cdf=pascalcdf(k,p,sx);
end
x=xmin+countless(cdf,r);
Input: k and p are the parameters of a Pas-
cal random variable X, m is a posi-
tive integer
Output: x is a vector of m independent
samples of random variable X
phi y=phi(x)
function y=phi(x)
sq2=sqrt(2);
y= 0.5 + 0.5*erf(x/sq2);
Input: Vector x
Output: Vector y such that y(i) = (x(i)).
poissoncdf y=poissoncdf(alpha,x)
function cdf=poissoncdf(alpha,x)
%output cdf(i)=Prob[X<=x(i)]
x=floor(x(:));
sx=0:max(x);
cdf=cumsum(poissonpmf(alpha,sx));
%cdf from 0 to max(x)
okx=(x>=0);%x(i)<0 -> cdf=0
x=(okx.*x);%set negative x(i)=0
cdf= okx.*cdf(x+1);
%cdf=0 for x(i)<0
Input: alpha is the parameter of a Poisson
(α) random variable X, x is a vector of
possible sample values
Output: y is a vector with y(i) =
F
X
(x(i)).
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poissonpmf y=poissonpmf(alpha,x)
function pmf=poissonpmf(alpha,x)
%Poisson (alpha) rv X,
%out=vector pmf: pmf(i)=P[X=x(i)]
x=x(:);
k=(1:max(x))’;
logfacts =cumsum(log(k));
pb=exp([-alpha; ...
-alpha+ (k*log(alpha))-logfacts]);
okx=(x>=0).*(x==floor(x));
x=okx.*x;
pmf=okx.*pb(x+1);
%pmf(i)=0 for zero-prob x(i)
Input: alpha is the parameter of a
Poisson (α) random variable X, x
is a vector of possible sample val-
ues
Output: y is a vector with y(i) =
P
X
(x(i)).
poissonrv x=poissonrv(alpha,m)
function x=poissonrv(alpha,m)
%return m samples of poisson(alpha) rv X
r=rand(m,1);
rmax=max(r);
xmin=0;
xmax=ceil(2*alpha); %set max range
sx=xmin:xmax;
cdf=poissoncdf(alpha,sx);
%while ( sum(cdf <=rmax) ==(xmax-xmin+1) )
while cdf(length(cdf)) <=rmax
xmax=2*xmax;
sx=xmin:xmax;
cdf=poissoncdf(alpha,sx);
end
x=xmin+countless(cdf,r);
Input: alpha is the parameter of
a Poisson (α) random vari-
able X, m is a positive inte-
ger
Output: x is a vector of m inde-
pendent samples of random
variable X
uniformcdf y=uniformcdf(a,b,x)
function F=uniformcdf(a,b,x)
%Usage: F=uniformcdf(a,b,x)
%returns the CDF of a continuous
%uniform rv evaluated at x
F=x.*((x>=a) & (x<b))/(b-a);
F=f+1.0*(x>=b);
Input: a and ( b) are parameters for continuous
uniform random variable X, vector x
Output: Vector y such that y
i
= F
X
(x
i
)
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uniformpdf y=uniformpdf(a,b,x)
function f=uniformpdf(a,b,x)
%Usage: f=uniformpdf(a,b,x)
%returns the PDF of a continuous
%uniform rv evaluated at x
f=((x>=a) & (x<b))/(b-a);
Input: a and ( b) are parameters for continuous
uniform random variable X, vector x
Output: Vector y such that y
i
= f
X
(x
i
)
uniformrv x=uniformrv(a,b,m)
function x=uniformrv(a,b,m)
%Usage: x=uniformrv(a,b,m)
%Returns m samples of a
%uniform (a,b) random varible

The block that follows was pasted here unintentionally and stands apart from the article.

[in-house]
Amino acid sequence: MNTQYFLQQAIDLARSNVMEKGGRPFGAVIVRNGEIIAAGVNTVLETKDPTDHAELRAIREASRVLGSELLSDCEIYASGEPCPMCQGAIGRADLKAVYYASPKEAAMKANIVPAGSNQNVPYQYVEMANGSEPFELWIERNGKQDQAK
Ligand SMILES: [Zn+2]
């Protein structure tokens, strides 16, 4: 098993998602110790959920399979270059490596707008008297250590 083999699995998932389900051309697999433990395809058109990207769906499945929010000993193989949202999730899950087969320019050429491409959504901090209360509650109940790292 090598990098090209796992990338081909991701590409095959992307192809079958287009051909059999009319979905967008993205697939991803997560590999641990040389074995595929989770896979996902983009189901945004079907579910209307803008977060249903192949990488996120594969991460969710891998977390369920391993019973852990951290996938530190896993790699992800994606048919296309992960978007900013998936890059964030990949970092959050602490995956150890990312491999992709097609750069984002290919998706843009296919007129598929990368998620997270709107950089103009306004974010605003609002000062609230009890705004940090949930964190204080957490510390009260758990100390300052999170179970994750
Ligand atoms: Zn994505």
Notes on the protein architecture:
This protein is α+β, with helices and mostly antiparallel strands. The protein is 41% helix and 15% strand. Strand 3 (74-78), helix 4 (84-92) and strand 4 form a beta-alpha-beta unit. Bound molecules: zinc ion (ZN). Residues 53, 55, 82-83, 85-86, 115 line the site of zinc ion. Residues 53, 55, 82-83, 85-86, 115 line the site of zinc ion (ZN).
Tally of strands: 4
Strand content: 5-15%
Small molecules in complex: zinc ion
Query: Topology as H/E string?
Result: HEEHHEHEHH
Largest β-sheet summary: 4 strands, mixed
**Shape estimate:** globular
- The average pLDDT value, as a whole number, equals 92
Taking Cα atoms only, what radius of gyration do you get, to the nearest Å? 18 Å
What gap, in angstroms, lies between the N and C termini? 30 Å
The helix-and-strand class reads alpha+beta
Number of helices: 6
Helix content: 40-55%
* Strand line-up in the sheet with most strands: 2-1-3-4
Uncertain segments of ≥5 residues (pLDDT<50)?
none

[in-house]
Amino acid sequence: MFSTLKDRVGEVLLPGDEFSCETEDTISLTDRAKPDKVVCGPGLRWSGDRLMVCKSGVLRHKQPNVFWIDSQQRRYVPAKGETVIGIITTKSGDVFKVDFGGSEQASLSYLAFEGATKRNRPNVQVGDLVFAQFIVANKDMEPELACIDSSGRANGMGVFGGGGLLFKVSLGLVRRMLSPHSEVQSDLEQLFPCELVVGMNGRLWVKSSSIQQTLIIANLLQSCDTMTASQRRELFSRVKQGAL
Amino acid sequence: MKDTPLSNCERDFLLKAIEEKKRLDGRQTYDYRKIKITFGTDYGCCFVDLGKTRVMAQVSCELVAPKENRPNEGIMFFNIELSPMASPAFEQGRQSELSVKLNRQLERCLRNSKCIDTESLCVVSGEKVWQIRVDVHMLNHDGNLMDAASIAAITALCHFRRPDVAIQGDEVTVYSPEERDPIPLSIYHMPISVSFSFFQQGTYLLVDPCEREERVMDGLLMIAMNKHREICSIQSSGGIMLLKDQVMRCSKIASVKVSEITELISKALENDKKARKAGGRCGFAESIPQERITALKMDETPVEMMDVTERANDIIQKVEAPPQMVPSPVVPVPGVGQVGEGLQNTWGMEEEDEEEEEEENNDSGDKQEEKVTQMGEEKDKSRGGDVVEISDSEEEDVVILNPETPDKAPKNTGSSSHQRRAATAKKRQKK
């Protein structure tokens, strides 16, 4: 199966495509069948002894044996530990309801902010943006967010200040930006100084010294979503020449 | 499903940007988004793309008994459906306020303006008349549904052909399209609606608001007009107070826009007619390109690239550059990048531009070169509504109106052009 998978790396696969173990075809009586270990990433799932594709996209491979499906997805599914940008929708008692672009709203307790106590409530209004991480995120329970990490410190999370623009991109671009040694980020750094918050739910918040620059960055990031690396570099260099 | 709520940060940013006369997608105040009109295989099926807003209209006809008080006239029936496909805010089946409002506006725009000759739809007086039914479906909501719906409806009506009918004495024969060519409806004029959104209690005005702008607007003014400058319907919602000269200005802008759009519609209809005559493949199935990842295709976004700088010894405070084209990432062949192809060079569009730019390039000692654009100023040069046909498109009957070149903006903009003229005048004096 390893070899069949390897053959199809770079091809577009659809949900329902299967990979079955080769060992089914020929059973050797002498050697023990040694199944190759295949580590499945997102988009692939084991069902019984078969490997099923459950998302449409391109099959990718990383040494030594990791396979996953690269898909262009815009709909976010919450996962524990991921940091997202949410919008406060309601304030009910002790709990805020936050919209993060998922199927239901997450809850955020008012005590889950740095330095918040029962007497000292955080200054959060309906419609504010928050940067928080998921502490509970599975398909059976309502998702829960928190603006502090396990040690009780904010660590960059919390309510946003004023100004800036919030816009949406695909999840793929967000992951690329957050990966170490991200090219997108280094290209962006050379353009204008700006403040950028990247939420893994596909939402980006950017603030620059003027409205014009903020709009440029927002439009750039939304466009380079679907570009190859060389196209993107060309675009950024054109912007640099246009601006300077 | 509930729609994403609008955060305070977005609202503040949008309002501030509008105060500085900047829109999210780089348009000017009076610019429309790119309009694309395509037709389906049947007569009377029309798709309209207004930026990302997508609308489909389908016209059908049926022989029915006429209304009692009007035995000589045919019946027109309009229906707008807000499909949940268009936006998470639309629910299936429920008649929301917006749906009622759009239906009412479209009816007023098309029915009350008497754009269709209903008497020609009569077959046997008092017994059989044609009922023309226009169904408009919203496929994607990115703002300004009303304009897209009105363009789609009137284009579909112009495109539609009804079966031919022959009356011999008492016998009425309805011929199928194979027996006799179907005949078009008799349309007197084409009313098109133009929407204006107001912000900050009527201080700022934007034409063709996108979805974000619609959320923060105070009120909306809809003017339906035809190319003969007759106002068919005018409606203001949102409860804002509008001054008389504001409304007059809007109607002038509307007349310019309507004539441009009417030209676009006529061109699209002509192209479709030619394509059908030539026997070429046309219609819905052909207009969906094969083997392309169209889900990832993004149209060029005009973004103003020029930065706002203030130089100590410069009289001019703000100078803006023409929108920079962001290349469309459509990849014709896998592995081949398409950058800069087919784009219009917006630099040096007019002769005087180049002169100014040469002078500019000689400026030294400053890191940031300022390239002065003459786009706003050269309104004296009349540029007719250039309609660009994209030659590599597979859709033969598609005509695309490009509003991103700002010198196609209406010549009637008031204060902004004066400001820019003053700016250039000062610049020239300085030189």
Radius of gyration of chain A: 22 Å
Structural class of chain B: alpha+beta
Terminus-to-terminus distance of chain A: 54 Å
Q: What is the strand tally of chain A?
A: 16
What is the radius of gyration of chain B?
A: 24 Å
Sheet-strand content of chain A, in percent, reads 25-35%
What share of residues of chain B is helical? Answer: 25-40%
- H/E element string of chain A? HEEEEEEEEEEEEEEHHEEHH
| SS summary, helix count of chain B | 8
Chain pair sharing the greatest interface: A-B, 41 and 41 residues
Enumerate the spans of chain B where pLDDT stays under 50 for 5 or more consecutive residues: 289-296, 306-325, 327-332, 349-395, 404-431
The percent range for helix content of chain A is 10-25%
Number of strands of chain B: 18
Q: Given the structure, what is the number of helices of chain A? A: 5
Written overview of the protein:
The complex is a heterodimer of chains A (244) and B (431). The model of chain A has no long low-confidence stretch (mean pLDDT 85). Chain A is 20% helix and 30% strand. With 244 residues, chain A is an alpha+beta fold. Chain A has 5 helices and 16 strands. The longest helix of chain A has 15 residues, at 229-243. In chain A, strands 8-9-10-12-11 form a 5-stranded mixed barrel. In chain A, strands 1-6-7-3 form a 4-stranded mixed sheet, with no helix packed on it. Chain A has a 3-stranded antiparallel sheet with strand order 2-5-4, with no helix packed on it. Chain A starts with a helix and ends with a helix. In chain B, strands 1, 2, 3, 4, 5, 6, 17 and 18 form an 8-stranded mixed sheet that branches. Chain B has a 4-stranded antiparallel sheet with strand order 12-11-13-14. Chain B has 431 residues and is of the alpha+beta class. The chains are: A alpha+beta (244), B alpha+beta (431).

x=a+(b-a)*rand(m,1);
Input: a and ( b) are parameters for continuous uni-
form random variable X, positive integer m
Output: m element vector x such that each x(i) is
a sample of X.
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Functions for Stochastic Processes
brownian w=brownian(alpha,t)
function w=brownian(alpha,t)
%Brownian motion process
%sampled at t(1)<t(2)< ...
t=t(:);
n=length(t);
delta=t-[0;t(1:n-1)];
x=sqrt(alpha*delta).*gaussrv(0,1,n);
w=cumsum(x);
Input: t is a vector holding an ordered se-
quence of inspection times, alpha
is the scaling constant of a Brownian
motion process such that the i th in-
crement has variance α(t
i
− t
i −1
).
Output: w is a vector such that w(i) is
the position at time t(i) of the par-
ticle in Brownian motion.
cmcprob pv=cmcprob(Q,p0,t)
function pv = cmcprob(Q,p0,t)
%Q has zero diagonal rates
%initial state probabilities p0
K=size(Q,1)-1; %max no. state
%check for integer p0
if (length(p0)==1)
p0=((0:K)==p0);
end
R=Q-diag(sum(Q,2));
pv= (p0(:)’*expm(R*t))’;
Input: n × n state transition matrix Q for a
continuous-time finite Markov chain, length
n vector p0 denoting the initial state proba-
bilities, nonengative scalar t
Output: Length n vector pv such that pv(t) is
the state probability vector at time t of the
Markov chain
Comment: If p0 is a scalar integer, then the sim-
ulation starts in state p0
cmcstatprob pv=cmcstatprob(Q)
function pv = cmcstatprob(Q)
%Q has zero diagonal rates
R=Q-diag(sum(Q,2));
n=size(Q,1);
R(:,1)=ones(n,1);
pv=([1 zeros(1,n-1)]*Rˆ(-1))’;
Input: State transition matrix Q for a continuous-
time finite Markov chain
Output: pv is the stationary probability vector for
the continuous-time Markov chain
dmcstatprob pv=dmcstatprob(P)
function pv = dmcstatprob(P)
n=size(P,1);
A=(eye(n)-P);
A(:,1)=ones(n,1);
pv=([1 zeros(1,n-1)]*Aˆ(-1))’;
Input: n × n stochastic matrix P representing
a discrete-time aperiodic irreducible finite
Markov chain
Output: pv is the stationary probability vector.
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poissonarrivals s=poissonarrivals(lambda,T)
function s=poissonarrivals(lambda,T)
%arrival times s=[s(1) ... s(n)]
% s(n)<= T < s(n+1)
n=ceil(1.1*lambda*T);
s=cumsum(exponentialrv(lambda,n));
while (s(length(s))< T),
s_new=s(length(s))+ ...
cumsum(exponentialrv(lambda,n));
s=[s; s_new];
end
s=s(s<=T);
Input: lambda is the arrival rate of a